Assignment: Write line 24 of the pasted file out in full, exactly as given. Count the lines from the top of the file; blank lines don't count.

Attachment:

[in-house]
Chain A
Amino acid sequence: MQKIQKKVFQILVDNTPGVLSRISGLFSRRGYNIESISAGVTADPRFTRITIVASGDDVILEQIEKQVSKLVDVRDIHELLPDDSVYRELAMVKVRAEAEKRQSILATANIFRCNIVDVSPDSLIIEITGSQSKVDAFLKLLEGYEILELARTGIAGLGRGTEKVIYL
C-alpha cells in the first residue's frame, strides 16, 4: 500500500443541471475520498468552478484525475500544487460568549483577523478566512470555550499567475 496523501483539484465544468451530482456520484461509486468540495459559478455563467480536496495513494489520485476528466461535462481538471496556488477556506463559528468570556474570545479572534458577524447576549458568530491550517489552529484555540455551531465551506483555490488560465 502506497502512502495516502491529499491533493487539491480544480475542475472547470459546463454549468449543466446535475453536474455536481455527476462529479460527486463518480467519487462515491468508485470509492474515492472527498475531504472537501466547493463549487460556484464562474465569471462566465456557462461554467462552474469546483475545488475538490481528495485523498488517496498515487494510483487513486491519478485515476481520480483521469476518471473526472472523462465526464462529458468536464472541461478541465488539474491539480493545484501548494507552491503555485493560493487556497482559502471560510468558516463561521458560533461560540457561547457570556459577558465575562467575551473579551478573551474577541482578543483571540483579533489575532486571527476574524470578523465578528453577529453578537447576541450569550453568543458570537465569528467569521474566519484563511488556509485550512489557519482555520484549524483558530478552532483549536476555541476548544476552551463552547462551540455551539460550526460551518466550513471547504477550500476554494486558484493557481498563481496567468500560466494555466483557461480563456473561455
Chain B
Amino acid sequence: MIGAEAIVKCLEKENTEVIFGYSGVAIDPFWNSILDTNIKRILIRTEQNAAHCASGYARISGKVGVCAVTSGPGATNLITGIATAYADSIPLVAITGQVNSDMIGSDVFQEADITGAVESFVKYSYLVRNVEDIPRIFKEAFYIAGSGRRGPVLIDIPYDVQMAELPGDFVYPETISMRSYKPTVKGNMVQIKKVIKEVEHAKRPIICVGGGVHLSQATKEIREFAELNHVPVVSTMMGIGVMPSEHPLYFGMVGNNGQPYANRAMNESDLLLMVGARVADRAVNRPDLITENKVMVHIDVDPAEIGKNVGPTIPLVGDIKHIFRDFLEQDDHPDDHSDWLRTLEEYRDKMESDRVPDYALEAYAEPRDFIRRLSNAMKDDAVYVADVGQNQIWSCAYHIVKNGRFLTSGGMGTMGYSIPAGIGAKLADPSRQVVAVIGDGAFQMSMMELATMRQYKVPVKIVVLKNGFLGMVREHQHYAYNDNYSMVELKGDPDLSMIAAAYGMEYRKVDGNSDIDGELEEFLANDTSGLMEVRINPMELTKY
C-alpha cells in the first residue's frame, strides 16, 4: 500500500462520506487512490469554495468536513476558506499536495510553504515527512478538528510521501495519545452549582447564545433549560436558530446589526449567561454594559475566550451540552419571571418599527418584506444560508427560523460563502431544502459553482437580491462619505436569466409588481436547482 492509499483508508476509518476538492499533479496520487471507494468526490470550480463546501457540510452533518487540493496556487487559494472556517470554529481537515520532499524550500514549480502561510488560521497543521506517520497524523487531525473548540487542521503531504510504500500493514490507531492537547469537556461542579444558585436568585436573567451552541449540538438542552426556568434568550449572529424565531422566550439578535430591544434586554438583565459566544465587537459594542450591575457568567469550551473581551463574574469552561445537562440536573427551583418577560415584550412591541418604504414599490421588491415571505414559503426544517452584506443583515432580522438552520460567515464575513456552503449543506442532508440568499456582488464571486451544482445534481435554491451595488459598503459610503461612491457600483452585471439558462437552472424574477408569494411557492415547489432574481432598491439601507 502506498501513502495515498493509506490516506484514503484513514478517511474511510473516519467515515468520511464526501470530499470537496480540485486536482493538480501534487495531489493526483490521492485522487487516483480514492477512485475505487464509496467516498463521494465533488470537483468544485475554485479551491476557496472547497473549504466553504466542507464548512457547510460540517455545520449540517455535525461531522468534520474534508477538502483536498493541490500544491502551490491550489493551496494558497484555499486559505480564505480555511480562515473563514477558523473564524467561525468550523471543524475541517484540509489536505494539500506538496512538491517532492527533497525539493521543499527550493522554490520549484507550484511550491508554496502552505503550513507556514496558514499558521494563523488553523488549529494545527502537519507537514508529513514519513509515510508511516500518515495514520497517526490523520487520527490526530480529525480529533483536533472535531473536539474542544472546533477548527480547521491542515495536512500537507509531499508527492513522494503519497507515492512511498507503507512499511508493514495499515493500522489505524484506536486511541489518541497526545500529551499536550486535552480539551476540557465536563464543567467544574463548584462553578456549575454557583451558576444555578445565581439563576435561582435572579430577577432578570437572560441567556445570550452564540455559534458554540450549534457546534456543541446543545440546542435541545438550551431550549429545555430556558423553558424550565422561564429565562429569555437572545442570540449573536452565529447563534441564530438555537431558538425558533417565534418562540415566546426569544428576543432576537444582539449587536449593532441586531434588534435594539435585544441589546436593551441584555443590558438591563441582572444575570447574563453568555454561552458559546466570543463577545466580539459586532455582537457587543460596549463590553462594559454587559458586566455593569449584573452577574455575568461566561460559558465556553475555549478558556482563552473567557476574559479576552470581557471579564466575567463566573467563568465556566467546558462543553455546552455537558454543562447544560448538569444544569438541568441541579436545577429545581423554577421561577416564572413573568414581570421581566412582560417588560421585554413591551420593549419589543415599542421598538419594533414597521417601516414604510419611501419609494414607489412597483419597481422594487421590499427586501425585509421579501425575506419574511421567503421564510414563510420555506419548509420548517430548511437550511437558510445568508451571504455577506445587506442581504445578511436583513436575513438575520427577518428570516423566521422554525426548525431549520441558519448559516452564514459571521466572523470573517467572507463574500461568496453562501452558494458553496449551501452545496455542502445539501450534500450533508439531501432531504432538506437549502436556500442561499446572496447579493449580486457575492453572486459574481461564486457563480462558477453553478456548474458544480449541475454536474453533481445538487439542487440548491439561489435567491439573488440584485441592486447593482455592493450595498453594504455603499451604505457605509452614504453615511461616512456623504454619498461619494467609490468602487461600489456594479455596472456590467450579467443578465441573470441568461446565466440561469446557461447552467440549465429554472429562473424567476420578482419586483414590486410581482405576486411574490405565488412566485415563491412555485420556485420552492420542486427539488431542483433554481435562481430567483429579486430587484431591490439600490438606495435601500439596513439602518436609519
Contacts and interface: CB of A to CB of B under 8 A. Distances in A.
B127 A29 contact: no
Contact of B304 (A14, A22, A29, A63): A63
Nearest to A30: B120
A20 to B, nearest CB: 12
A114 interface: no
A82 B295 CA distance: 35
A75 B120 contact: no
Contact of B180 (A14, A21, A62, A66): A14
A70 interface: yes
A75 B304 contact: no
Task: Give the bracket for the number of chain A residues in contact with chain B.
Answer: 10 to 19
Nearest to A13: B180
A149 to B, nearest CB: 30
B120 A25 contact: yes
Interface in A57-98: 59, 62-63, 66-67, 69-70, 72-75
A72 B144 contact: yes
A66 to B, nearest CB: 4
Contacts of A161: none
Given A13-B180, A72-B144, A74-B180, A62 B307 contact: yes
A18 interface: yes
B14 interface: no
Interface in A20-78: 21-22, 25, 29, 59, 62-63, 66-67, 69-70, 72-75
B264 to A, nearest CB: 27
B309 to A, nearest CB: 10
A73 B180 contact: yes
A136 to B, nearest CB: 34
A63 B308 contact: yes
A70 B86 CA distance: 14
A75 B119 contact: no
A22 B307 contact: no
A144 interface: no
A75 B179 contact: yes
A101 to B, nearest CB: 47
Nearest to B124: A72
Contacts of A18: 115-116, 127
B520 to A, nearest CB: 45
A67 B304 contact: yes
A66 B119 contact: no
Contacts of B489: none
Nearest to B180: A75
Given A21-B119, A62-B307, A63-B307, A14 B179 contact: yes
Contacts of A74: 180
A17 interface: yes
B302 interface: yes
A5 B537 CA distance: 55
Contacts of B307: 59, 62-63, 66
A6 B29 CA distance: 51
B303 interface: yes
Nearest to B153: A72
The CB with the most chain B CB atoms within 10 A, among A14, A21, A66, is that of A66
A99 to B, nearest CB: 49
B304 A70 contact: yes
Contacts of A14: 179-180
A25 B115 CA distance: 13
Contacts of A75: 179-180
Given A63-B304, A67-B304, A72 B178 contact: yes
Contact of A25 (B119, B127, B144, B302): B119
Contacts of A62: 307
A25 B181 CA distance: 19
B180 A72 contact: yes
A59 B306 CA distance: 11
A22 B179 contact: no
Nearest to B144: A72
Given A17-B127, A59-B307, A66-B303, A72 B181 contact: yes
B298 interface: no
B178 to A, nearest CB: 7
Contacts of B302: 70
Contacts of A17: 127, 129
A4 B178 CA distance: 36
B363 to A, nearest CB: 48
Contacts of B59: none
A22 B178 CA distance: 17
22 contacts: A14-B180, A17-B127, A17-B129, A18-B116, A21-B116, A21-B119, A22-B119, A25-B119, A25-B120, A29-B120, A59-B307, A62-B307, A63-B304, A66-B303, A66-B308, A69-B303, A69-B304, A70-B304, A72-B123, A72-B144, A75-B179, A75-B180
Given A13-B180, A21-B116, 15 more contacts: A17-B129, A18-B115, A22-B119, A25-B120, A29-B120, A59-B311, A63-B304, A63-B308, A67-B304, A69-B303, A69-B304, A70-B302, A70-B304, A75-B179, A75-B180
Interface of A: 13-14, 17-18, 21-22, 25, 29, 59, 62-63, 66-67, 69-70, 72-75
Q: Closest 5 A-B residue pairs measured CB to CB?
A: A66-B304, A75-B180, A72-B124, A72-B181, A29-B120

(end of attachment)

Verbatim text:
Interface in A57-98: 59, 62-63, 66-67, 69-70, 72-75